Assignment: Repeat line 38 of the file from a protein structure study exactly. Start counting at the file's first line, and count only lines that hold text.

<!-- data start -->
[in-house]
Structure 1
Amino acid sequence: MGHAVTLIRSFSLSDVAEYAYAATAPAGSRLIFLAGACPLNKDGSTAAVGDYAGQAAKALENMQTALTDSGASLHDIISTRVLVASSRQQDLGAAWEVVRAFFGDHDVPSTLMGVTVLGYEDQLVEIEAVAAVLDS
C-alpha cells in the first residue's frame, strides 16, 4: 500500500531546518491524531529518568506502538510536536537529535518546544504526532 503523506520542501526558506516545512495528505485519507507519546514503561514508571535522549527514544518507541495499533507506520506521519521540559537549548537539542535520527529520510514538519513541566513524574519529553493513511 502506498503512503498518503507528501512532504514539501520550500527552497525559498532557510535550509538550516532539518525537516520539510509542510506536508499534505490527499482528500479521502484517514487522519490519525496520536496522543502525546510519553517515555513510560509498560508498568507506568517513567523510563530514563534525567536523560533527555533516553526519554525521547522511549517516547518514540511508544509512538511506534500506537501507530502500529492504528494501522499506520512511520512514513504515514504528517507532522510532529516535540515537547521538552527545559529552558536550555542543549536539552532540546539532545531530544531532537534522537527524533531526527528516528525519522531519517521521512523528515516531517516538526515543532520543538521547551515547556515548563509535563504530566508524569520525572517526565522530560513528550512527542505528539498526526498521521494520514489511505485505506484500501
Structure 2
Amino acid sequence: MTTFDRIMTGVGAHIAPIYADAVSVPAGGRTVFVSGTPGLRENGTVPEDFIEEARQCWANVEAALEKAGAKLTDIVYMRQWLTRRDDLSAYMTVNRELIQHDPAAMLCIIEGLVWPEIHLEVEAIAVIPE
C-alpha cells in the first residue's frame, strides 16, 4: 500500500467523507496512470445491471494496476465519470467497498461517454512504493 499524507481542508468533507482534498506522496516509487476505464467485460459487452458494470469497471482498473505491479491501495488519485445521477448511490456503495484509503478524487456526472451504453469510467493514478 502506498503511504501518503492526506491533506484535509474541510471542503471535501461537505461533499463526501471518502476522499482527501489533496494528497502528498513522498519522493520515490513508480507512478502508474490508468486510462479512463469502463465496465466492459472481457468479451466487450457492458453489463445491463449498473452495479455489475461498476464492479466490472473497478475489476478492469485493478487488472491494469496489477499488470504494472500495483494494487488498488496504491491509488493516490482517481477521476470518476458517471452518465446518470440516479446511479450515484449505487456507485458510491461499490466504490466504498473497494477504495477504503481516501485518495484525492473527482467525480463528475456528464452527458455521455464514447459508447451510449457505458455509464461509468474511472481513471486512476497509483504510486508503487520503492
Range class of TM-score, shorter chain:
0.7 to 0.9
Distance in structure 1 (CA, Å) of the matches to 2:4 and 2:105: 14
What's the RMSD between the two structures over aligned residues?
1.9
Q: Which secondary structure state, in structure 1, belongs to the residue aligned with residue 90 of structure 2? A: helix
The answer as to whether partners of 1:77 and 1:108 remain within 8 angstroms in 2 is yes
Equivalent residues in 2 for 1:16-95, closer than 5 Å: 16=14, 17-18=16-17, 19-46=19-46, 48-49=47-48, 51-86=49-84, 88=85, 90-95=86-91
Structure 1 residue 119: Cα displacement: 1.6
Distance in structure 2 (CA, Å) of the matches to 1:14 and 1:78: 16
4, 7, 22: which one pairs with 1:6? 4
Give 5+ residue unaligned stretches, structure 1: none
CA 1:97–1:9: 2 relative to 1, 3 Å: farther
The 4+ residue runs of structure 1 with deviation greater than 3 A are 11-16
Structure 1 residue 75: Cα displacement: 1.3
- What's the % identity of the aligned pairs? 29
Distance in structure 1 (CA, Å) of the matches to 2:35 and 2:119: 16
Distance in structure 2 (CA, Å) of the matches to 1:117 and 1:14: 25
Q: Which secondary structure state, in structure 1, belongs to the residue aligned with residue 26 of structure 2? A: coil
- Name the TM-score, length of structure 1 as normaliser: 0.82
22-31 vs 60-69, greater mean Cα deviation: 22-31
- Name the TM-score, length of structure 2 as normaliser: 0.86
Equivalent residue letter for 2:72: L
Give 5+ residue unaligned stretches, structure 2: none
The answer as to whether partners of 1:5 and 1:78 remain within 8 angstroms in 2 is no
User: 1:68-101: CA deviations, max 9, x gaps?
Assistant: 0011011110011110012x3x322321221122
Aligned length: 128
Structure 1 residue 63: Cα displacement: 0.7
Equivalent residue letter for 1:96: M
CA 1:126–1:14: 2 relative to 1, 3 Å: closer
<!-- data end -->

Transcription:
CA 1:126–1:14: 2 relative to 1, 3 Å: closer